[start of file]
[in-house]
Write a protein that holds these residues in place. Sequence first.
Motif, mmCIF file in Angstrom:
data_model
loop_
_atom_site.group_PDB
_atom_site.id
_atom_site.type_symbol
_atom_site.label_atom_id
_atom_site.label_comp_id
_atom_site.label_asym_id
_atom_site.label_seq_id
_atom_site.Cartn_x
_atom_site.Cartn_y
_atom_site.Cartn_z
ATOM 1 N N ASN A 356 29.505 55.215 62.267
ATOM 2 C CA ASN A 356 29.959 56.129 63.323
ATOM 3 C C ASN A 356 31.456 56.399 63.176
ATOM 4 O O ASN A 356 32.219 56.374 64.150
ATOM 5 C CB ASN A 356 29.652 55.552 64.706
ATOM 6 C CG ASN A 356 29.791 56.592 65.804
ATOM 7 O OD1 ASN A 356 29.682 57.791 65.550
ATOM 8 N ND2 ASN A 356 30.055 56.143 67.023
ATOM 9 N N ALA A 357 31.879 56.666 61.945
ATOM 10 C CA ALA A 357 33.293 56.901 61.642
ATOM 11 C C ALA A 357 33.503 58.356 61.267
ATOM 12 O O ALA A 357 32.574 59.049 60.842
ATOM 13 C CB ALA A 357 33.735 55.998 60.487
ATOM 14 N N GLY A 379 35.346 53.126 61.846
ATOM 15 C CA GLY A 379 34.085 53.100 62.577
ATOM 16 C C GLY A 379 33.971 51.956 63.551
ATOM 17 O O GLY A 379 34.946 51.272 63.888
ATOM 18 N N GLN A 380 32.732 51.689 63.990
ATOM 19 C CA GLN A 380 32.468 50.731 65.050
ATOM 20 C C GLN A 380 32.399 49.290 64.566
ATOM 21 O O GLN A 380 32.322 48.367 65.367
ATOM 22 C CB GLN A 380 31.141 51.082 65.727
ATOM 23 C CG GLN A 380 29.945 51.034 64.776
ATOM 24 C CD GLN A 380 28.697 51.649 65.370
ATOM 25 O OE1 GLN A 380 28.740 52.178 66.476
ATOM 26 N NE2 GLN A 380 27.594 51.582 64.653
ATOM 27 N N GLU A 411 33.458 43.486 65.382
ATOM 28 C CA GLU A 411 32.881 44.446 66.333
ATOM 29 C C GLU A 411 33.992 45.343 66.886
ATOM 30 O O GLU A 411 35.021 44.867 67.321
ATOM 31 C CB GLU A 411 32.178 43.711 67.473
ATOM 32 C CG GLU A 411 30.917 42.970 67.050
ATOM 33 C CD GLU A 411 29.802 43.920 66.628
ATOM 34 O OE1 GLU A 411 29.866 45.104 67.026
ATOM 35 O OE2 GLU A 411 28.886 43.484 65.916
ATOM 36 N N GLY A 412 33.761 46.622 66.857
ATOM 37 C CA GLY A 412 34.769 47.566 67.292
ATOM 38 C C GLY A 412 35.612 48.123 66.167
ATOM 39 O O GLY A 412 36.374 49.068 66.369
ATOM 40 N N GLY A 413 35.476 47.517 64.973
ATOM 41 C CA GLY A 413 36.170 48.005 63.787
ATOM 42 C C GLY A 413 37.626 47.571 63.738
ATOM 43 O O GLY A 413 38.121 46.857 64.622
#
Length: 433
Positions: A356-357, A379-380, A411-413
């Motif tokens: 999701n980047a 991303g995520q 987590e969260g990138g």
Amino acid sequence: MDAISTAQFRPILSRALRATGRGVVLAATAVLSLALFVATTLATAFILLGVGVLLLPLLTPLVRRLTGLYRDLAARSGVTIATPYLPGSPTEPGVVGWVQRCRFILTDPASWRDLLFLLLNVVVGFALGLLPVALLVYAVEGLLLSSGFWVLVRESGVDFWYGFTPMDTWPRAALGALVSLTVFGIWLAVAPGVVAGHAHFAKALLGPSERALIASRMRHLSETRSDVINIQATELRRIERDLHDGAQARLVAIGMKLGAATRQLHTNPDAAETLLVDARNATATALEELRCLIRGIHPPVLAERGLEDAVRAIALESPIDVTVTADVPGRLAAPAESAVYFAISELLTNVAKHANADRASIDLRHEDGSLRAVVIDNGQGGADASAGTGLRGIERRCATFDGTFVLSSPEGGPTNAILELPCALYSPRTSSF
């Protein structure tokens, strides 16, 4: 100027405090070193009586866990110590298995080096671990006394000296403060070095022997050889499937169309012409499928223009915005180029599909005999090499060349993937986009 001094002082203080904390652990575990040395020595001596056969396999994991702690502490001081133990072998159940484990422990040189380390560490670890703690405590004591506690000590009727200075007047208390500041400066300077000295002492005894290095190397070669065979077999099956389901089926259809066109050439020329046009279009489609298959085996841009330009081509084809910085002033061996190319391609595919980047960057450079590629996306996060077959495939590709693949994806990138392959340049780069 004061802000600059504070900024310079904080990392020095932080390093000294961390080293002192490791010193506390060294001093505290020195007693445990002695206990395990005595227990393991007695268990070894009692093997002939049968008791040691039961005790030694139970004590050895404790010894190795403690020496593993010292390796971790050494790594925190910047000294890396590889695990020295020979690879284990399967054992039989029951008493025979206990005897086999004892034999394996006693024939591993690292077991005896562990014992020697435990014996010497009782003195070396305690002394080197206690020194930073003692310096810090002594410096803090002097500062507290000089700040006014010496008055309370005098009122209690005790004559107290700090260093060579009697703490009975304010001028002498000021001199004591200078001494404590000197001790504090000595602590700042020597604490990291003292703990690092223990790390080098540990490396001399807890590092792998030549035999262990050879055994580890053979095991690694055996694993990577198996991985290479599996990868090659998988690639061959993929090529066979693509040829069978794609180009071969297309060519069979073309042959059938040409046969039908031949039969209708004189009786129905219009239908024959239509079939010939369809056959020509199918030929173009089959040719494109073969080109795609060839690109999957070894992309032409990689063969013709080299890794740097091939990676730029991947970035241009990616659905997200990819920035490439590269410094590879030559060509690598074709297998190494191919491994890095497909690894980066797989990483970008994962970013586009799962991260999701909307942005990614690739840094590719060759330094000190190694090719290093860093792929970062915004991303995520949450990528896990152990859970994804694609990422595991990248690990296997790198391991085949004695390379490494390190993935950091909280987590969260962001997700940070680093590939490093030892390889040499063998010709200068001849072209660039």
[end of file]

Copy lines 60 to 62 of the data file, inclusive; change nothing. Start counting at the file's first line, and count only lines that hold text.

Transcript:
Length: 433
Positions: A356-357, A379-380, A411-413
């Motif tokens: 999701n980047a 991303g995520q 987590e969260g990138g």